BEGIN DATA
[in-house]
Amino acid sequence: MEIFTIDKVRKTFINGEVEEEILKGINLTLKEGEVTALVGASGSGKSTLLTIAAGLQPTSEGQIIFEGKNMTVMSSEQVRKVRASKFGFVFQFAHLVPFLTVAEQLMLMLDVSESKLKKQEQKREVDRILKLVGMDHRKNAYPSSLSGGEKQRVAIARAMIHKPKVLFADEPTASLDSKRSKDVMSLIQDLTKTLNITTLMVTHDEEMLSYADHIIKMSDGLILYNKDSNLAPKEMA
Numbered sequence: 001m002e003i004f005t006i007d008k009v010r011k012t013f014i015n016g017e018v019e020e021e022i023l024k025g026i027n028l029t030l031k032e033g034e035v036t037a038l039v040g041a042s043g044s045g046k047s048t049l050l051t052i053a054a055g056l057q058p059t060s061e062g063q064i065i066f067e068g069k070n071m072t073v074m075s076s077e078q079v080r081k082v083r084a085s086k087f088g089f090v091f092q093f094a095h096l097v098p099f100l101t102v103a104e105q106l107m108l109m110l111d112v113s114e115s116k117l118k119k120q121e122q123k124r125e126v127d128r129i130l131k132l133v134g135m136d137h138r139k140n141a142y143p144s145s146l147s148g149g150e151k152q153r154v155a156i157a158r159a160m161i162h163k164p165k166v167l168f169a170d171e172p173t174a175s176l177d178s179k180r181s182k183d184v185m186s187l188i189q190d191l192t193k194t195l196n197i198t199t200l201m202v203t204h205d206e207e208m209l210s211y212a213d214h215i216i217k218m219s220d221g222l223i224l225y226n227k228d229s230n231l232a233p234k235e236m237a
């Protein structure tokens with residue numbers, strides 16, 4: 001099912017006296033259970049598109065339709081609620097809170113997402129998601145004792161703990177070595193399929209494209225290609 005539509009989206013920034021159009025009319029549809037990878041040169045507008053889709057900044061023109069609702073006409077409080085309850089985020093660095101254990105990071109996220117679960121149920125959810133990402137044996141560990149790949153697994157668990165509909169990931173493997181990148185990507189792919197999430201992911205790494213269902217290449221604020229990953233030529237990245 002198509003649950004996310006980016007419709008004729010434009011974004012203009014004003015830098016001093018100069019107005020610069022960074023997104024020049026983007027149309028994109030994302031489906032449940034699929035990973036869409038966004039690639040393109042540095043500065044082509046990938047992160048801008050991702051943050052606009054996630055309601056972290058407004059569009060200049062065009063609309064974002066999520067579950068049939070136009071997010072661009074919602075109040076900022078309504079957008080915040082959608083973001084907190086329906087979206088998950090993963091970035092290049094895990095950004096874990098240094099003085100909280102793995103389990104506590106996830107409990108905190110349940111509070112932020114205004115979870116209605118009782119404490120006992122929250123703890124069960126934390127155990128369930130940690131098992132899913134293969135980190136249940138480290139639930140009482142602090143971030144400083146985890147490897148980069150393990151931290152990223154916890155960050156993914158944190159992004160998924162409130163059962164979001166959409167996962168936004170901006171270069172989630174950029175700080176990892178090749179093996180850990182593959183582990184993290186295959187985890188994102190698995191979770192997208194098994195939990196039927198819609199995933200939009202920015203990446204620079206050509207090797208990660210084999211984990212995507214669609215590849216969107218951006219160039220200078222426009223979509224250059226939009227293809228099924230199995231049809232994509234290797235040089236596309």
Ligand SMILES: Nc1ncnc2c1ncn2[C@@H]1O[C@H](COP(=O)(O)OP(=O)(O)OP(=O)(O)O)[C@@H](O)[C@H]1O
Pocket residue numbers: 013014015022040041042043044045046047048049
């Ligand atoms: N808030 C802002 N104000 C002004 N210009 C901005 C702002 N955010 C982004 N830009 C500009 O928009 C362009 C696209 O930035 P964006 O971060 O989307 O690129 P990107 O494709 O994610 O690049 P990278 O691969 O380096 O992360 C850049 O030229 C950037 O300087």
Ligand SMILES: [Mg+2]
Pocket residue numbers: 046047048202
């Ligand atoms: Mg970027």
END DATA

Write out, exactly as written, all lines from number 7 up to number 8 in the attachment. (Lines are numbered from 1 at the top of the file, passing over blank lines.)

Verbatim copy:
């Ligand atoms: N808030 C802002 N104000 C002004 N210009 C901005 C702002 N955010 C982004 N830009 C500009 O928009 C362009 C696209 O930035 P964006 O971060 O989307 O690129 P990107 O494709 O994610 O690049 P990278 O691969 O380096 O992360 C850049 O030229 C950037 O300087």
Ligand SMILES: [Mg+2]